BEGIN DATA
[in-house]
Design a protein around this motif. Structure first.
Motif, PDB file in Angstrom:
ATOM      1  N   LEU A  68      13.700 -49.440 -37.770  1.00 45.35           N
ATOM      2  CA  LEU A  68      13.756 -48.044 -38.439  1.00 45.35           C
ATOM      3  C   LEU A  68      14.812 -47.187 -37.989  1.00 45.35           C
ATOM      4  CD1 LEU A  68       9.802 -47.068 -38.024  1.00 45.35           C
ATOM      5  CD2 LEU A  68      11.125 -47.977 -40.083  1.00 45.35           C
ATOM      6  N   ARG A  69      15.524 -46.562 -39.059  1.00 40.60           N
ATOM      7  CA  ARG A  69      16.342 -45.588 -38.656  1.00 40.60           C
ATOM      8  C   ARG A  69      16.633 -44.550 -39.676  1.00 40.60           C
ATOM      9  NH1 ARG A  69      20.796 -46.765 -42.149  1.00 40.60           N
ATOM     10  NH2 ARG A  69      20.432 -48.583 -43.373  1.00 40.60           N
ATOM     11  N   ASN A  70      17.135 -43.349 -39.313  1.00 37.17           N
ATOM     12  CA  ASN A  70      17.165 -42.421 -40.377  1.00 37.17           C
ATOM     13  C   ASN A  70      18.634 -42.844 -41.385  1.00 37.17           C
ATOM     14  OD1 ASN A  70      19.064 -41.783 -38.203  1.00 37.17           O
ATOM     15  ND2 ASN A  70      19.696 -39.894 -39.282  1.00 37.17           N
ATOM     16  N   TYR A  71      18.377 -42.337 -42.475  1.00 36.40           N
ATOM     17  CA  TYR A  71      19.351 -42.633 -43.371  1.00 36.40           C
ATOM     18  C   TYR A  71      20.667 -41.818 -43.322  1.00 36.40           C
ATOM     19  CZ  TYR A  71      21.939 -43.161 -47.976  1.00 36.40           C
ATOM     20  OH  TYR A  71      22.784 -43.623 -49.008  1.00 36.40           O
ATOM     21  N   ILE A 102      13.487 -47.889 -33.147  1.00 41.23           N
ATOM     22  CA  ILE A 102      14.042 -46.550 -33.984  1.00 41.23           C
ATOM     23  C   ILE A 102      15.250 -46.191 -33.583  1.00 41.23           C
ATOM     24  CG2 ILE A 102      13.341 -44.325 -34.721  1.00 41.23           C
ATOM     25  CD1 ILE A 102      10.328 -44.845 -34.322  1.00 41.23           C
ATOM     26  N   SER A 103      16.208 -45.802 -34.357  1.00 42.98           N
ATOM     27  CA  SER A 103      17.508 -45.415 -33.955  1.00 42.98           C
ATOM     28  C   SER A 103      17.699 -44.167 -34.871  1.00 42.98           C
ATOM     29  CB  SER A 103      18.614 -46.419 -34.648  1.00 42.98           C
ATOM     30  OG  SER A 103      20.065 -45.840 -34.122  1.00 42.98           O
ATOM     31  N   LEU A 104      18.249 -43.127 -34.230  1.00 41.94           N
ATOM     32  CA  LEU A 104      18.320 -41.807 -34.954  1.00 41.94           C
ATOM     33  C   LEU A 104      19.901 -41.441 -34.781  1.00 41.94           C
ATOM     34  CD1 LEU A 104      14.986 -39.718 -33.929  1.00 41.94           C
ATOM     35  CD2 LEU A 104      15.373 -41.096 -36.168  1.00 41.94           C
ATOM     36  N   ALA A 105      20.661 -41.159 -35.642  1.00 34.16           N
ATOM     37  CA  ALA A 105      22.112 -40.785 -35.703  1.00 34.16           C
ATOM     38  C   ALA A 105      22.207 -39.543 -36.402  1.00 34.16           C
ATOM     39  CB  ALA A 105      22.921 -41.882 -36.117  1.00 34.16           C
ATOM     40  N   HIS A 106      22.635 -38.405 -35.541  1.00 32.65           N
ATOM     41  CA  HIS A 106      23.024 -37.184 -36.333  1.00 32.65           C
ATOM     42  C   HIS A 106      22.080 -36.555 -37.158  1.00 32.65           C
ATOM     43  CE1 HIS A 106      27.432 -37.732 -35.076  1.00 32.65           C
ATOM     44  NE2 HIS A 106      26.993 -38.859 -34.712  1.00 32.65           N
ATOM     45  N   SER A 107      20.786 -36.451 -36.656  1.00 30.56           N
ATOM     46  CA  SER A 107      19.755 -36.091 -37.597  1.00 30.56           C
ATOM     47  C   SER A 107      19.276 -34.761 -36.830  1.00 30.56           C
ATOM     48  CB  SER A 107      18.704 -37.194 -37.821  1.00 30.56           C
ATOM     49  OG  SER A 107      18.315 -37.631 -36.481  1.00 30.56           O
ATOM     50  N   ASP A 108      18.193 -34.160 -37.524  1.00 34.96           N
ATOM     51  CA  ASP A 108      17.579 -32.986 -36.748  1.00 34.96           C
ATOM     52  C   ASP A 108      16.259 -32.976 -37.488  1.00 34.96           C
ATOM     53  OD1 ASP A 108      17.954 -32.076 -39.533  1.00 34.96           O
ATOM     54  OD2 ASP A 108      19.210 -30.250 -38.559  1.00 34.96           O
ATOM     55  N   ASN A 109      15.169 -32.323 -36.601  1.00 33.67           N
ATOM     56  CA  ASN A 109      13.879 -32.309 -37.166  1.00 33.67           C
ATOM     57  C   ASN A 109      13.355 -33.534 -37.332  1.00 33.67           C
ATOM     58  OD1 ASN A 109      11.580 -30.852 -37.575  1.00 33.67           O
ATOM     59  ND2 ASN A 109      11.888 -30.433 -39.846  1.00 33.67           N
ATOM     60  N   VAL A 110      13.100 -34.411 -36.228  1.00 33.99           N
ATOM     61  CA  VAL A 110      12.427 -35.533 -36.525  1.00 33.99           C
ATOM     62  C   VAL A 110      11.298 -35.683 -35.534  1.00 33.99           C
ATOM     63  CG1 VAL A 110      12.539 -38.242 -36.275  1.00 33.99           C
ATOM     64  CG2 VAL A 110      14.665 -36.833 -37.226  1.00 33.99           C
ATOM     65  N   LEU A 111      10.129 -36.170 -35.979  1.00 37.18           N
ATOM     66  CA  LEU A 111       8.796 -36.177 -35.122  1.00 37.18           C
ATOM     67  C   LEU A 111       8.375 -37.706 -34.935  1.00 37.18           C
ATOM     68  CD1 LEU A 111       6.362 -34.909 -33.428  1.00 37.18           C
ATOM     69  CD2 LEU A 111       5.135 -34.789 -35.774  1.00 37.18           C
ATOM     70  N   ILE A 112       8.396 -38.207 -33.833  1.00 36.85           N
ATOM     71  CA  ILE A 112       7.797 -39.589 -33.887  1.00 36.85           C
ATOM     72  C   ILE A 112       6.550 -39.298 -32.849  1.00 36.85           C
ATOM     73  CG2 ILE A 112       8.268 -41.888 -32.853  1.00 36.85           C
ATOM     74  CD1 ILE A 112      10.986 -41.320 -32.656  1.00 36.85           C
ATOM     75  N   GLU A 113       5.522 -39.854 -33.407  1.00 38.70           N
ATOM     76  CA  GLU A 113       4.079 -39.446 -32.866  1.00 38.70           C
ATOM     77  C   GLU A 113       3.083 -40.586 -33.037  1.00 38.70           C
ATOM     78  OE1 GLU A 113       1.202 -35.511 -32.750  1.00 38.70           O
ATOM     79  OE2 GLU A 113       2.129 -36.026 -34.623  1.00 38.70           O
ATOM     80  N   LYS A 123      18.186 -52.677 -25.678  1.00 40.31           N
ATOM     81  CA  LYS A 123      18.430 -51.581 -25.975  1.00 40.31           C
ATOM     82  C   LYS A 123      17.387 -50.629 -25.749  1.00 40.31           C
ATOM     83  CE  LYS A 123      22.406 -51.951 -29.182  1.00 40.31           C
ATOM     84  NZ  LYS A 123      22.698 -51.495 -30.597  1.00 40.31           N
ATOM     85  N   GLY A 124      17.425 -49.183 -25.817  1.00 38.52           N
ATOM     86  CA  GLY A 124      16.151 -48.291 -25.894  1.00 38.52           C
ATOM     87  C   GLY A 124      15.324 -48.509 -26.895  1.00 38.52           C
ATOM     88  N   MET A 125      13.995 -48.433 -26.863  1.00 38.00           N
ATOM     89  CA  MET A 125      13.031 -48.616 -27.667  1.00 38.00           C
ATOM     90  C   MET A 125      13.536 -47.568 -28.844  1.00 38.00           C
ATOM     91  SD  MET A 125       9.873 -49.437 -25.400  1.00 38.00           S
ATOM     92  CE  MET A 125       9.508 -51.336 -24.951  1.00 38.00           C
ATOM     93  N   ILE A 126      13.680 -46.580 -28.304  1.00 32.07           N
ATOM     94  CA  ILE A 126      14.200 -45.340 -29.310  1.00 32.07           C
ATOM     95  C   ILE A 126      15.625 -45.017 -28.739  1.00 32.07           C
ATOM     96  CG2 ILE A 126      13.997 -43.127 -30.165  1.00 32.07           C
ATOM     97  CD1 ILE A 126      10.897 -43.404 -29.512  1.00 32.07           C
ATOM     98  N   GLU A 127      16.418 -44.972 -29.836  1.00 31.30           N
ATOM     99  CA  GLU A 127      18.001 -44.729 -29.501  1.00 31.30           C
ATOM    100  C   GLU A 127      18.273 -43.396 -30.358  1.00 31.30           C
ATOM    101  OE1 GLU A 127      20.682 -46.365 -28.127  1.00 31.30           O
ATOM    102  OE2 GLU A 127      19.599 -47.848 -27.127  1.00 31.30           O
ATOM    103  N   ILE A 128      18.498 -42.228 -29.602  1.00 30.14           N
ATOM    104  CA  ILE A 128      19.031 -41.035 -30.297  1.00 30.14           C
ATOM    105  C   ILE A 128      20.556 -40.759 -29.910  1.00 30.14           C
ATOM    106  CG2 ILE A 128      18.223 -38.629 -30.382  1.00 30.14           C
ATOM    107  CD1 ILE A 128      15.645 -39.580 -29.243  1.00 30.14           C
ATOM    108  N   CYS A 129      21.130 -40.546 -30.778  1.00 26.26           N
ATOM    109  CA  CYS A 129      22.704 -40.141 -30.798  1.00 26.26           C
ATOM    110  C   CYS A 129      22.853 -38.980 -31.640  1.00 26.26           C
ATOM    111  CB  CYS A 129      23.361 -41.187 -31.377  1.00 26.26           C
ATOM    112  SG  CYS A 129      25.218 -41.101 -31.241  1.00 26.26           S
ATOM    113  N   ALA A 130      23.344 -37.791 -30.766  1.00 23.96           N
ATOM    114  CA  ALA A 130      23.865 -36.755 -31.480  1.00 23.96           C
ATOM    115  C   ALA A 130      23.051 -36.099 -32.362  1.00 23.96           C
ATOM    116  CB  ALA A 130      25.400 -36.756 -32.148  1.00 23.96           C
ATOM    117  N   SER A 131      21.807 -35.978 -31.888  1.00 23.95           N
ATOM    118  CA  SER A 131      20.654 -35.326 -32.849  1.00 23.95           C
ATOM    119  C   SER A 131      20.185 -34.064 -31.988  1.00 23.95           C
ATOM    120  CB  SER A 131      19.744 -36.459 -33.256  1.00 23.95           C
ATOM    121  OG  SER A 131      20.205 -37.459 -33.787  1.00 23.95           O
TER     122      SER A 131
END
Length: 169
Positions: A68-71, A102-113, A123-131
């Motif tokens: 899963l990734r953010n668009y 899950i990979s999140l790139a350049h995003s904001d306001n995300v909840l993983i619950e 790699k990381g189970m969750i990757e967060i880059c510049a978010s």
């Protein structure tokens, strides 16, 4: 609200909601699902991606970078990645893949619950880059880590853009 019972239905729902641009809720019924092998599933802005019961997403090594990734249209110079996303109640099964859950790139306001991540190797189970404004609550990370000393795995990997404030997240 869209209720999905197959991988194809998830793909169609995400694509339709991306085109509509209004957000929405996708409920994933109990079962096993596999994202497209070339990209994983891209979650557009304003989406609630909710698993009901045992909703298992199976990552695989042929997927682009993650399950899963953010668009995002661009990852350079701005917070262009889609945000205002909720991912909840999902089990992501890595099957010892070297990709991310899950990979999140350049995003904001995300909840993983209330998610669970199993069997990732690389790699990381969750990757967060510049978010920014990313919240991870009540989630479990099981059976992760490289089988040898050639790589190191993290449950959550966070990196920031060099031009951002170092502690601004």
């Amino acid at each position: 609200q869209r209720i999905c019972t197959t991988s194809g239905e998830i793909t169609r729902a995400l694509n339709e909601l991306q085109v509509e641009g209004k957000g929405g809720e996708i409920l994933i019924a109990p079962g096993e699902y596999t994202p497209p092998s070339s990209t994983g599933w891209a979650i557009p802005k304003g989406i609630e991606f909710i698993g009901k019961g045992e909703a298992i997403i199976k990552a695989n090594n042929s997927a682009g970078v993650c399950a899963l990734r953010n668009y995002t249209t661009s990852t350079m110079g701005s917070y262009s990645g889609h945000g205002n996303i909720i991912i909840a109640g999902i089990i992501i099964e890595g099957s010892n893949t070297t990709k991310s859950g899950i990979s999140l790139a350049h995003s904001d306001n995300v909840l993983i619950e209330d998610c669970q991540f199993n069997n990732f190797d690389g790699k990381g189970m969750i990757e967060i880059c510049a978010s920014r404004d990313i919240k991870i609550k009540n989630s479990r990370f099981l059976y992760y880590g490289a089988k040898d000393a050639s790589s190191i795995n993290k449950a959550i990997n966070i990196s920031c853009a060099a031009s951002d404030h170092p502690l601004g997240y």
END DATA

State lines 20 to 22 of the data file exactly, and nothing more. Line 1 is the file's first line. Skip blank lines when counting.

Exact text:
ATOM     17  CA  TYR A  71      19.351 -42.633 -43.371  1.00 36.40           C
ATOM     18  C   TYR A  71      20.667 -41.818 -43.322  1.00 36.40           C
ATOM     19  CZ  TYR A  71      21.939 -43.161 -47.976  1.00 36.40           C